Since 1000BC, Izamal has continued to be a pilgrimage site for Mayans coming to offer respect to Kinich kakmo, a manifestation of Itzam Na.  Itzam Na is the god of healing, resurrection, arts, writing, and agriculture.

 Like Dzibilchaltun, Izamal was populated at contact, therefore both locations have church-evidence built on site.  The church of Dzibilchaltun was never completed, however, the convent of Izamal (Convento de San Antonio de Padua) was built atop (and from) the Popul-Chac pyramid.  Using the stones from the pyramid, construction of this convent began in 1533, and was completed in 1561.  It was one of the first convents built in the western hemisphere, and if one studies the columns and stones long enough, there is much evidence of maise patterns, as well as architectural style (square block-columns)  fitting in with the original Mayan temple.

On July 12, 1562 Friar Diego De Landa burned five thousand idols, and 27 manuscrips at Mani.  He destroyed all but three 'Maya Codices.'  With most records destroyed, little is known as to why the Maya felt Izamal was a site of such great importance.  Landa was later exiled to Spain for his crimes against the indigenous Maya and forced to document what he had witnessed in Yucatan.  By 1566, Landa completed "Relacion de las Cosas de Yucatan" - or "An Account of things in Yucatan," and though the ancient history of the Maya could never be recovered, Landa's book may be the only reason modern scholars understand the calendar system today. 

 Stephens and Catherwood visited Izamal in 1843, and as mentioned in the book "Incidents of Travel in Yucatan," the 'mounds' between houses, are mesmerizing.  Though unexcavated, and small, it's a neat experience to stay in a village that has been built in an ancient city with remnants of the past remaining.  It's most unusual to be walking past shops, see a pyramid, and then a residential neighbourhood.  It would be as if one developed a village on the site of Chichen Itza...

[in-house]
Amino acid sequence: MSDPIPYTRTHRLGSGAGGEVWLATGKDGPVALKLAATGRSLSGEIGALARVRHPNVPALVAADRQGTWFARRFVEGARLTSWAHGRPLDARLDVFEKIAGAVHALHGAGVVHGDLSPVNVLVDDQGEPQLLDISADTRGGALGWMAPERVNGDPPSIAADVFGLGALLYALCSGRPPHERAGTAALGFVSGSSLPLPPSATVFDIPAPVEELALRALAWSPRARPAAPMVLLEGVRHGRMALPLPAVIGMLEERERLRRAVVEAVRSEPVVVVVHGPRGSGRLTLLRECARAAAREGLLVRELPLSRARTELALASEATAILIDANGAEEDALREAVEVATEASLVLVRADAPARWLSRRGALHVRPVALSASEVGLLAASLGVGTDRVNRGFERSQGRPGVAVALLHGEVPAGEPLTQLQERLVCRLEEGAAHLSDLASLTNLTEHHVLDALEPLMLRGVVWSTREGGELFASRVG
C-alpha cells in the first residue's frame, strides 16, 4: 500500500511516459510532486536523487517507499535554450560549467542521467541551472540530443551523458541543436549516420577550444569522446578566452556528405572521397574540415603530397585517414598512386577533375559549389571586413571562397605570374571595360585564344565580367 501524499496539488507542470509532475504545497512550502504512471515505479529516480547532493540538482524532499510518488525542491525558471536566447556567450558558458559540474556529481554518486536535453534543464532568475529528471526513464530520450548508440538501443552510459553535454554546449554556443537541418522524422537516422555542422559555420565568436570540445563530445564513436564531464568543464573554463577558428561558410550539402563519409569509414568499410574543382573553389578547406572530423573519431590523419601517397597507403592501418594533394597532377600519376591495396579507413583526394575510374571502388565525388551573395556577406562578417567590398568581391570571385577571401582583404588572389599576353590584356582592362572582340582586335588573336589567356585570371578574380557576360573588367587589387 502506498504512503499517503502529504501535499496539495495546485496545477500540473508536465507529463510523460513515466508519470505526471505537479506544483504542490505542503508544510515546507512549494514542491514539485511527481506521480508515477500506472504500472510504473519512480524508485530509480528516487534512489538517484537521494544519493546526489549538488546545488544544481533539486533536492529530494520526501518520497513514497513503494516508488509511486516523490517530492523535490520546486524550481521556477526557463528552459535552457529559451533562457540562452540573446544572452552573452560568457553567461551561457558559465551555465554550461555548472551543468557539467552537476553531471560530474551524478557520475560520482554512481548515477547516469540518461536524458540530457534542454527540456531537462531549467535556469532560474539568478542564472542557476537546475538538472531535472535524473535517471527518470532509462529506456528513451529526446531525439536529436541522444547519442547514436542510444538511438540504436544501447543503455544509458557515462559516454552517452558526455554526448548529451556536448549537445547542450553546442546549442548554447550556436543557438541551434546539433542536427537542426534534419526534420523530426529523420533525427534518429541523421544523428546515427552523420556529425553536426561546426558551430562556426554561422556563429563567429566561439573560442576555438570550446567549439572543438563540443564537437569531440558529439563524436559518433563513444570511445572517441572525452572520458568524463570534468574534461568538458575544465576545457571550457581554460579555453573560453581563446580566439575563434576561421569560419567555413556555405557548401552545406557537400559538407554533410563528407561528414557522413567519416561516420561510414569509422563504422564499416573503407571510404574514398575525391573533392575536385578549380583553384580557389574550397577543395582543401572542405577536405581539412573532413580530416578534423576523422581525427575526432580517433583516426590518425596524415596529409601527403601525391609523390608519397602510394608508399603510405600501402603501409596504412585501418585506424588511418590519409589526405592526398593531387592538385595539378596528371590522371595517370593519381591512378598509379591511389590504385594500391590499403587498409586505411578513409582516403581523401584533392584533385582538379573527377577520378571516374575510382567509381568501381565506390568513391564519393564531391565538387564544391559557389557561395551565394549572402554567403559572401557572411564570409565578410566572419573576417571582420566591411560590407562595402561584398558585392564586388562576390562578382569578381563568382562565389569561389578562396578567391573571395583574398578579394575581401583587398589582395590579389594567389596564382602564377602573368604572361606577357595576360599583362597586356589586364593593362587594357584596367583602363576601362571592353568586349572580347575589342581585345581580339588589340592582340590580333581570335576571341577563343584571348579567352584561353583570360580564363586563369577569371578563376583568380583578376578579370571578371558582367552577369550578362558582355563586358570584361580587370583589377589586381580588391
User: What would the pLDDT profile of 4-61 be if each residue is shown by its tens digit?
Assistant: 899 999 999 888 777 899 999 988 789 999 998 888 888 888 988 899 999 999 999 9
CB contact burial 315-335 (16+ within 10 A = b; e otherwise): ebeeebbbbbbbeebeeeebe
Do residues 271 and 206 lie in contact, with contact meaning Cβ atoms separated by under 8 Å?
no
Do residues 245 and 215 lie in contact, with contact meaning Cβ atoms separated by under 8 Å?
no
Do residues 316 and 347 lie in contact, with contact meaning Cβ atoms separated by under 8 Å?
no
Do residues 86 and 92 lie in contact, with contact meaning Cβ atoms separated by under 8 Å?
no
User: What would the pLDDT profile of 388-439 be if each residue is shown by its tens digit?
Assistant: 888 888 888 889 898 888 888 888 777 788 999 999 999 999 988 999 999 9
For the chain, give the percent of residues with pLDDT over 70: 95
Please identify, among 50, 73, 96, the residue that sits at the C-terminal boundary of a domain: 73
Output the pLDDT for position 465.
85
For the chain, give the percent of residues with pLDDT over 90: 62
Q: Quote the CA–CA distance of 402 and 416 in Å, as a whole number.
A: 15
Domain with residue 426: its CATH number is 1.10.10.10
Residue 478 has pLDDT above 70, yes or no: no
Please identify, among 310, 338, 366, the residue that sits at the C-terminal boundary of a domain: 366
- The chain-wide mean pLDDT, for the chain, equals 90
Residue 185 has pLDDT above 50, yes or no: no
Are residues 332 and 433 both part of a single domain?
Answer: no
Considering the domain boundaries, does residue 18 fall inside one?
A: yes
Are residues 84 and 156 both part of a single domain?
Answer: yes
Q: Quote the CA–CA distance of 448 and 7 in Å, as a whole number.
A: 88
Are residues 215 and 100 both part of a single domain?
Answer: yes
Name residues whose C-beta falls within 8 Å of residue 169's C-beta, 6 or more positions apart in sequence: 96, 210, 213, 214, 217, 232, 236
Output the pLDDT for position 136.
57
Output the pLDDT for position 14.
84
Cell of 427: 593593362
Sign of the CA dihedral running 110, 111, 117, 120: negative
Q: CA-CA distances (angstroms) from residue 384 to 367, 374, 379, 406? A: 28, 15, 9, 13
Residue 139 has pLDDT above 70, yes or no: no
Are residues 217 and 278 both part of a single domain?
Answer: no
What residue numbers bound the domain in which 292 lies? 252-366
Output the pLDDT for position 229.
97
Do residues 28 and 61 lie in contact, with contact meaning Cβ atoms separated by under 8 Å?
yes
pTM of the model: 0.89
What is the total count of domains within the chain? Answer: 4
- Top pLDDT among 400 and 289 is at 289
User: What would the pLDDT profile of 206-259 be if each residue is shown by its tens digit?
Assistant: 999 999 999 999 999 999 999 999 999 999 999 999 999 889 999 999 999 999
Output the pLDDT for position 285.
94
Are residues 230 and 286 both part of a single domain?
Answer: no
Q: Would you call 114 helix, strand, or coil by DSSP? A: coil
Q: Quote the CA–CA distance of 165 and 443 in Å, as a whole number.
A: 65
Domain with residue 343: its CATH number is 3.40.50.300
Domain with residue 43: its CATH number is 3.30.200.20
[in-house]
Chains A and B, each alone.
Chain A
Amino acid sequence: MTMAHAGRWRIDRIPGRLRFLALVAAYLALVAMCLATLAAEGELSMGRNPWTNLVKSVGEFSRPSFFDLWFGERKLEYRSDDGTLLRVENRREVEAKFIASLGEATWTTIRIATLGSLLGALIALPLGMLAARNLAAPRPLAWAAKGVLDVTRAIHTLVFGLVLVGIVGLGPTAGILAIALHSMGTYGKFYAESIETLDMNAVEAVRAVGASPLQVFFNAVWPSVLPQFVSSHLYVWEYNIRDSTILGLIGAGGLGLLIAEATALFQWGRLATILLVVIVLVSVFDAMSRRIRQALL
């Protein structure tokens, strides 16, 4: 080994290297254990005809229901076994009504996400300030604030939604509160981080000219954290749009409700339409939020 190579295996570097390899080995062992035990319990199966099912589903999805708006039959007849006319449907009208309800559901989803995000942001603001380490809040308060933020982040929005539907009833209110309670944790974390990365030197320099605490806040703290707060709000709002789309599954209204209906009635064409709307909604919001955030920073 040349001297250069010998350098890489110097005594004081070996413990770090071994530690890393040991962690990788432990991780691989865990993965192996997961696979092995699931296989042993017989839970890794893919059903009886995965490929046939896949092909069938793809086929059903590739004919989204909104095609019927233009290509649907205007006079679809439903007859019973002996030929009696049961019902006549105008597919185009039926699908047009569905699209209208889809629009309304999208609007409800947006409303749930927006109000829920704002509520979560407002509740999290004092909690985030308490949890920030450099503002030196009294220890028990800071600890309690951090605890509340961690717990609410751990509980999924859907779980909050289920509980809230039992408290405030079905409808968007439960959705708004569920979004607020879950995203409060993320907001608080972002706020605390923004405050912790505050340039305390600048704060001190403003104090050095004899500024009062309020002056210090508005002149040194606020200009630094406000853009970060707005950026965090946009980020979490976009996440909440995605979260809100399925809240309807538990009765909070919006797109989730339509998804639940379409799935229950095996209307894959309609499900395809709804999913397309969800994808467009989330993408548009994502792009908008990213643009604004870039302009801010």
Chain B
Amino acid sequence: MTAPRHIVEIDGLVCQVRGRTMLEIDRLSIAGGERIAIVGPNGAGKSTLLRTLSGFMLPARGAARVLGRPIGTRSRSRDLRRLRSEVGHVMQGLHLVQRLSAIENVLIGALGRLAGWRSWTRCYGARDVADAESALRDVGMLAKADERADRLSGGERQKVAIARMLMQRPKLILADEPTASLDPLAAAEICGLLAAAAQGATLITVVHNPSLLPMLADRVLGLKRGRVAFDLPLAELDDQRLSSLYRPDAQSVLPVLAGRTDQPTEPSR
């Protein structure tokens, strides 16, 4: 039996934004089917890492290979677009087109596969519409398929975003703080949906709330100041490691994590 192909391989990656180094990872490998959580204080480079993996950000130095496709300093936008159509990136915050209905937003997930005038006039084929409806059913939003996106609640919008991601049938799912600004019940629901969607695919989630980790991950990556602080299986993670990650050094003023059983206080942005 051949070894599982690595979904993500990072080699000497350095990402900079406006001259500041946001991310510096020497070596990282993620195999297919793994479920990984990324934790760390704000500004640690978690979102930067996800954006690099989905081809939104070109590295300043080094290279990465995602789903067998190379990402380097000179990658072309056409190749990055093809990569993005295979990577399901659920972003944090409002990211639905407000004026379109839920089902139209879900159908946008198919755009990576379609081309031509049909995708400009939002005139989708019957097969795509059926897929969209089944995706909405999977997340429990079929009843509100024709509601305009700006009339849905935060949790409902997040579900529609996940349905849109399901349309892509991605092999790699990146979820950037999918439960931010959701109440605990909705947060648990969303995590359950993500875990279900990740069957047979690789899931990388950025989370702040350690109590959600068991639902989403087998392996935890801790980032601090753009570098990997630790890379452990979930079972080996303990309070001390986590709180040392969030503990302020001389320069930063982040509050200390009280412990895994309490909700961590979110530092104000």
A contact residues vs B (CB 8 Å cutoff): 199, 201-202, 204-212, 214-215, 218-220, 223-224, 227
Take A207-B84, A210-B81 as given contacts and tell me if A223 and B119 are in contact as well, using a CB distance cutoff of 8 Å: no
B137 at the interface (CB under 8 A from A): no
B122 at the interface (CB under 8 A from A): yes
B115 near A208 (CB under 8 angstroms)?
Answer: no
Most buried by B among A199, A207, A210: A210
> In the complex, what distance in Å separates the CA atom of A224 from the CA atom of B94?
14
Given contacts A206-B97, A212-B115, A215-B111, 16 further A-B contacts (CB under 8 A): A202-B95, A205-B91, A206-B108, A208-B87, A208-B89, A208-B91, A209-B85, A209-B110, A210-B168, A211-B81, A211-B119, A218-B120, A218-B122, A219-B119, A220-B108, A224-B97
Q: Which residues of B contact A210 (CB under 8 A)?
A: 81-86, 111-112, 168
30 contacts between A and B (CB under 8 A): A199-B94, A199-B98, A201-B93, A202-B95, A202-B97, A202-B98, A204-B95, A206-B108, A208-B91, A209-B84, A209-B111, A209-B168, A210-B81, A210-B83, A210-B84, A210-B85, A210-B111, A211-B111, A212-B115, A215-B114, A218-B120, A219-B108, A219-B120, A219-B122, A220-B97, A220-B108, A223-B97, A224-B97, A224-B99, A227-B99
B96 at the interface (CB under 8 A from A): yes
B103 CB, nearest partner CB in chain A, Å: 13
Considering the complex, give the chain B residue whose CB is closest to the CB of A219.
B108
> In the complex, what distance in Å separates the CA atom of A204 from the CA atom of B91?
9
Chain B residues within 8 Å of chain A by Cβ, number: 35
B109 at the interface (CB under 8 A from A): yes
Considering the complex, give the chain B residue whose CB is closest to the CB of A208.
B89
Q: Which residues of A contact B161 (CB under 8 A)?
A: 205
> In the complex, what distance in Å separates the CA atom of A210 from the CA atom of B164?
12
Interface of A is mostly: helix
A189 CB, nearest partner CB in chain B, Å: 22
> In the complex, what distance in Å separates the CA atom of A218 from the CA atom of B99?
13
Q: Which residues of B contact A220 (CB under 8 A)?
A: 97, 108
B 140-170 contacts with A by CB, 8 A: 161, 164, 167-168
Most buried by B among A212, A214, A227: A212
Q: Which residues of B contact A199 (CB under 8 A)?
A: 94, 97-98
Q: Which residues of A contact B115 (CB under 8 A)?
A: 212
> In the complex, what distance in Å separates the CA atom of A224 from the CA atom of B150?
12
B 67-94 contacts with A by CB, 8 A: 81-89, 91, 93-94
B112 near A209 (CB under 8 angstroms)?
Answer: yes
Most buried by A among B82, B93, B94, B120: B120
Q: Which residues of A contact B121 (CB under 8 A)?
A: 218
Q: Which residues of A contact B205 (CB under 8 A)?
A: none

In 1993, Juan Pablo II visited Izamal, making locals very proud of their convent and history.  They painted their pride around the village, covering the buildings with yellow paint, and today Izamal is classified as one of Mexico's "Magical Cities."  Mayans have continued returning to Izamal each year, since contact, during the October 18 "Procession of Christ" and December 8 for  "Procession of the Virgin of Izamal."

In 1996, Izamal was a smaller village, with less tourism than today.  Upon arrival, a young man was riding a bike down the dusty street, towing behind him a 4 foot square block of ice, being the fridge.  There were few cars, and the pyramids were left open for investigation, but did not have name-signs, nor were they fenced and gated.   Enroute to the restaurant, there was a tiny run-down tortilla factory, but the two people working inside were very content.  Most of the homes outside the zocalo area were Na huts, and the roads leading in and out of Izamal were lined with henecken fields.

Today, the village of Izamal is a quaint town of stucco homes and one way streets.  (On the outskirts of town there are still some Na huts, but they are few) The zocalo is full of activity, and the markets here are fun to wander through, as they are not aimed at tourism, but are for the local people.  The small grocerias in town resemble the quaintness one used to see in coastal Quinatana-Roo, with narrow aisles stacked high with food and household items, odd things hanging from the ceiling, and amazing murals on the walls.  The meat market is a large clean room functioning as a massive fridge, with scales and meat hanging from hooks, and sliding doors to let one in and out.   It is nice to see the mercado now has a clean and spacious tortilla factory, with new machinery.  Even the electrical wires in Izamal are more orgainized than in other areas of Mexico, as the meters are stationed on one large wall, together, as opposed to being stuck onto odd walls in strange places.  Izamal is a success in terms of esthetics, cleanliness and community planning.

 The roads leading in and out of Izamal are still lined with henecken fields, however, many of the Na huts have disappeared, as new suburbian developments are being built from stucco, and of course, painted yellow.  While many people may stop in Izamal to visit the convent, then travel on, this village is a magical place to stay and unwind, in order to soak up local culture and wander the streets.  What makes Izamal so special is the culture of a people who are proud and keeping their community clean, in keeping with the ancient city that once was, and still is, a very important religious center. 

There are several day trips one may take from Izamal, including a small fishing village, Dzilam de Bravo, where the pirate Jean Lafitte is believed to be buried.  Ake pyramid site is not far from Izamal, and could be seen in half a day.  Driving on rural roads at night is not recommended due to farmers moving livestock, however, one could head to Izamal after the lazor show at Chichen Itza, making another day-trip possibility.  Merida could be visited from Izamal in a day, however, is an incredible city that deserves at least a few days for exploring.  And don't forget to leave at least one day to see Izamal itself!